Author paints different views of a city in trouble

Rue des Rosiers by Rhea Tregebov (Coteau Books, 2019)

Paris’ Rue des Rosiers is in the news of late, but for reasons more benign than its purpose at the heart of Rhea Tregebov’s new novel, which bears its name. Like the rest of the Marais, a Jewish hub since the medieval period, Rue des Rosiers is under pressure by a familiar global phenomenon: gentrification.  Increasingly, it is too expensive for anyone other than an international chain to afford to do business on its tourist-clogged blocks. 

In Tregebov’s novel, Rue des Rosiers is the site of a terrorist attack that took place at Goldenberg’s Deli in 1982, which left six dead, many injured, and presented a template to be copied by the perpetrators of more recent massacres of Jews or political targets, such as the cartoonists of the satirical magazine Charlie Hebdo.

Rue des Rosiers opens before the 1982 attack, and, in shadowy ways, its readers can guess from the beginning that a disaster looms over the novel’s main characters.  But Tregebov does an impressive job of moving backwards in time to place her main character, a young Torontonian called Sarah, at unknowing remove from events that lurk, unseen in her future.

Toronto readers in particular will appreciate Tregebov’s rendering of the city in its early 80s guise, from the point of view of women’s activist groups on Queen Street, to the experience of spartan rented rooms on a down-at-the-heels Palmerston Boulevard.

We meet Sarah at a low point.  She has a knack for landscape design but works at a garden centre where dedication is not necessarily rewarded. Her relationship to Michael, a young lawyer, is similarly tentative. For reasons she can’t quite explain to herself, she prefers to abandon her partner asleep in his bed to walk the nighttime Annex streets to reach her own bed on Palmerston.

The sudden loss of her job and the coincidence of Michael’s firm’s needs in Paris allow them to break with routine.  The book shifts from its Canadian to its Parisian setting.

The latter half of Rue des Rosiers contains a wholehearted literary love letter to the French city.

Sarah is the proverbial free woman in Paris, “unfettered and alive,” as the Joni Mitchell song has it. All the limitations and frustrations of her Toronto existence fall away as she has the opportunity to explore and make the most of her time abroad.  A garden specialist tours her through the Luxembourg Gardens, where she takes the measure not only of the park’s design but studies the customs of Parisian leisure.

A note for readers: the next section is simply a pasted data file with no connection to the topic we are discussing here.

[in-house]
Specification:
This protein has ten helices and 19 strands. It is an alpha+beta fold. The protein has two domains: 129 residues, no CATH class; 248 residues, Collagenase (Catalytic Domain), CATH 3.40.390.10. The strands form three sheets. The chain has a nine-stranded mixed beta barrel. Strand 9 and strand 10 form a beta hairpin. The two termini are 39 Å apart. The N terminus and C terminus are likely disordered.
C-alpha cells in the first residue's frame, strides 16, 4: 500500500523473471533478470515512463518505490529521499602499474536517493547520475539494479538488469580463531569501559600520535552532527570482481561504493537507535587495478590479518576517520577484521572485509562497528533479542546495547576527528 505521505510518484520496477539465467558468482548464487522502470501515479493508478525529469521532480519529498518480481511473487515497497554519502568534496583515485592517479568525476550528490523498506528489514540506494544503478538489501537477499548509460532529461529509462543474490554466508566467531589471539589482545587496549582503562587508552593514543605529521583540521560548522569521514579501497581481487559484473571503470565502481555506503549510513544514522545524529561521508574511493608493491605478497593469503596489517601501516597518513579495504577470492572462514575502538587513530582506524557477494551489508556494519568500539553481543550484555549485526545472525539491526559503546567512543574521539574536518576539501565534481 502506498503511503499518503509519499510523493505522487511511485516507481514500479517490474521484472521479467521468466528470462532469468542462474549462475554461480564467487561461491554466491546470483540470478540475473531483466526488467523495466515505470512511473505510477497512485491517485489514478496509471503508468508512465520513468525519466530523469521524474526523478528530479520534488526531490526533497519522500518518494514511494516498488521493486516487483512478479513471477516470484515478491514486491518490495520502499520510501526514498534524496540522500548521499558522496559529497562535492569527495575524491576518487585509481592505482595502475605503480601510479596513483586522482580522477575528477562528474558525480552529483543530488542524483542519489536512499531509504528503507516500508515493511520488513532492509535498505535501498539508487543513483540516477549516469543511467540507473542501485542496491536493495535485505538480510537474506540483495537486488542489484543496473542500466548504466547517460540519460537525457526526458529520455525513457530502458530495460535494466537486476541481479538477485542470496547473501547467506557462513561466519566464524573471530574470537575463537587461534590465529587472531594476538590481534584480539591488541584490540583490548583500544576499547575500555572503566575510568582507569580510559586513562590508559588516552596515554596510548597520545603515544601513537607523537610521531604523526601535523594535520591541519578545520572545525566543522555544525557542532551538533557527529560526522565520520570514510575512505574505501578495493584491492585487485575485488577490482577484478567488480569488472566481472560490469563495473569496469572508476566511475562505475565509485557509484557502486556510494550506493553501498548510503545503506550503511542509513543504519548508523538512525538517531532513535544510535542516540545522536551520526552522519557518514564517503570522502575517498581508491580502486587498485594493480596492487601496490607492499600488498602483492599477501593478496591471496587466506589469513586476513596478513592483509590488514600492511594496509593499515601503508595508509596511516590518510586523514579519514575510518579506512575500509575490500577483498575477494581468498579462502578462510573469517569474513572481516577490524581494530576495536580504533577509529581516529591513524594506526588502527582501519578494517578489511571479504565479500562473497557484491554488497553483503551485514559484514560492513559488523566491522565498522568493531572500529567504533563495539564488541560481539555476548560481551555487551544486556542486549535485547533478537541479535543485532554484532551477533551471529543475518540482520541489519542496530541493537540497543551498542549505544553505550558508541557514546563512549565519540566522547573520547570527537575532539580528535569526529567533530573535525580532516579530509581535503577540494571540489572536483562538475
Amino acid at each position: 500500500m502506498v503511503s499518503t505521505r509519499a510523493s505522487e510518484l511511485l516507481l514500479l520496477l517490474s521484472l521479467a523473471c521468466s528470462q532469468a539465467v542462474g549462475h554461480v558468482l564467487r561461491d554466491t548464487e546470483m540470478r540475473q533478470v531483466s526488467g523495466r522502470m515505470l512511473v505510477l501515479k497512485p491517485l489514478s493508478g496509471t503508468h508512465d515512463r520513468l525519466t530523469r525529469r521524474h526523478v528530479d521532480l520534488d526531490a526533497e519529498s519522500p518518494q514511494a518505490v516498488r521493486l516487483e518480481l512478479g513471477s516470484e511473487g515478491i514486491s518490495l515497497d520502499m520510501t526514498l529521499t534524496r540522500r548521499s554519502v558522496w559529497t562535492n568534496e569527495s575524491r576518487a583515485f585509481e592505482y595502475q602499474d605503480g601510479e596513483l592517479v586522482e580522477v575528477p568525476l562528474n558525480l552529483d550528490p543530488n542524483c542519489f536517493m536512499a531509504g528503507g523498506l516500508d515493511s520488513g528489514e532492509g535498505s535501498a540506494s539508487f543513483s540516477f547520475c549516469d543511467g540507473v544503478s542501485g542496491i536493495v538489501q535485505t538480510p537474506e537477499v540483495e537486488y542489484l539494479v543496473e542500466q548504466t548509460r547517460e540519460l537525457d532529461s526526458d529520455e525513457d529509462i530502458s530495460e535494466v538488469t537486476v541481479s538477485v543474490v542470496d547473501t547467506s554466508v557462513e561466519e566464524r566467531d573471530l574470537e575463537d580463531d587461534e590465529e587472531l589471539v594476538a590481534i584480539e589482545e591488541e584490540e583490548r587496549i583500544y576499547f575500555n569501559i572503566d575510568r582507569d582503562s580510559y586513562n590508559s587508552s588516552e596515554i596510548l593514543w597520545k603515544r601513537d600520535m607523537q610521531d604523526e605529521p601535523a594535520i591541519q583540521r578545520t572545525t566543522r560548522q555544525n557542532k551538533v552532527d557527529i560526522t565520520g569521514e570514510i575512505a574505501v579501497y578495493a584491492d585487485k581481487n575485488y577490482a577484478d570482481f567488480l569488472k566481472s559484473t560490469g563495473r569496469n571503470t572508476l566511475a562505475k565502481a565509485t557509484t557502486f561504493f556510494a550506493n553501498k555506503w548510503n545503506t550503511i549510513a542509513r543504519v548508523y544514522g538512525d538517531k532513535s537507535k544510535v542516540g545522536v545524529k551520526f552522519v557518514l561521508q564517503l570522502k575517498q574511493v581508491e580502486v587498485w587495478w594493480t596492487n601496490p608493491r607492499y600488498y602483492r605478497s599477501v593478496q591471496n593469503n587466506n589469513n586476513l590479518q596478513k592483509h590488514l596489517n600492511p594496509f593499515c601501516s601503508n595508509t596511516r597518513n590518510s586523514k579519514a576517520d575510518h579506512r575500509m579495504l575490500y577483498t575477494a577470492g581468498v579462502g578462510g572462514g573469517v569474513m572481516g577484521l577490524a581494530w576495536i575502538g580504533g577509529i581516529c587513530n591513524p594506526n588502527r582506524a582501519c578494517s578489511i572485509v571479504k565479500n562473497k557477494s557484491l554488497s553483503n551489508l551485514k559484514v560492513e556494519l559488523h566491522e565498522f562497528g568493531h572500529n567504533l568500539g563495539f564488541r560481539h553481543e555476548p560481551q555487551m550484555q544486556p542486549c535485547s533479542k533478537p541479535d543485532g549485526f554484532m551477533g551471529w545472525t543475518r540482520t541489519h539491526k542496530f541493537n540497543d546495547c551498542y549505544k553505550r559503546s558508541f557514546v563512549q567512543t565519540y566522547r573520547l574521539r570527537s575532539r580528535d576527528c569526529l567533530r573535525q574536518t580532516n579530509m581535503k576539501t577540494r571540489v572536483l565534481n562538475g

On her own, she seeks out the architectural treasures of the city, a pursuit which allow Tregebov, via Sarah’s inquisitive gaze, to present carefully detailed descriptions: “Place des Vosges.  The heart of the heart of Paris. So much light. The square is big, much bigger than she remembered it. It’s early Saturday morning, so in the strict geometry of the place with its circles and squares, its precision gardening, there’s almost no one.  The square is a perfect square, a model of symmetry, the same arcade running along all four sides, paths in perfect diagonals across the inner square.  Lines drawn to let people in, not just keep them out.  A space that can belong, at least temporarily, to anyone passing through: cleaning ladies, maids, the men in their bright green uniforms sweeping the streets with their sad brooms.”

Sarah’s freewheeling outings are interrupted by her recognition, one morning, of a new graffiti over a subway passage: “The words stop her. . . . Mort aux juifs.  Then the English comes to her: Death to the Jews.”

Though Sarah does not witness the act of their writing, the reader does.  And so too does Laila, a young newcomer from the Middle East who becomes a kind of secret sharer to Sarah. Through Laila, Tregebov offers another view of Paris.  It’s through her that we recognize the city’s cultural and economic divides, as well as the ways in which North Africans and Arabs have changed the city’s character.


Tregebov’s first novel, The Knife Sharpener’s Bell, linked Winnipeggers with Ukraine. In Rue des Rosiers her past work as a poet contributes to the evocative rendering of charmingly mundane Toronto streets in contrast with Paris’ touristic sheen. 

Rue des Rosiers moves expertly toward a dark denouement, but Tregebov leaves room for a kind of rapprochement between her two very different female characters.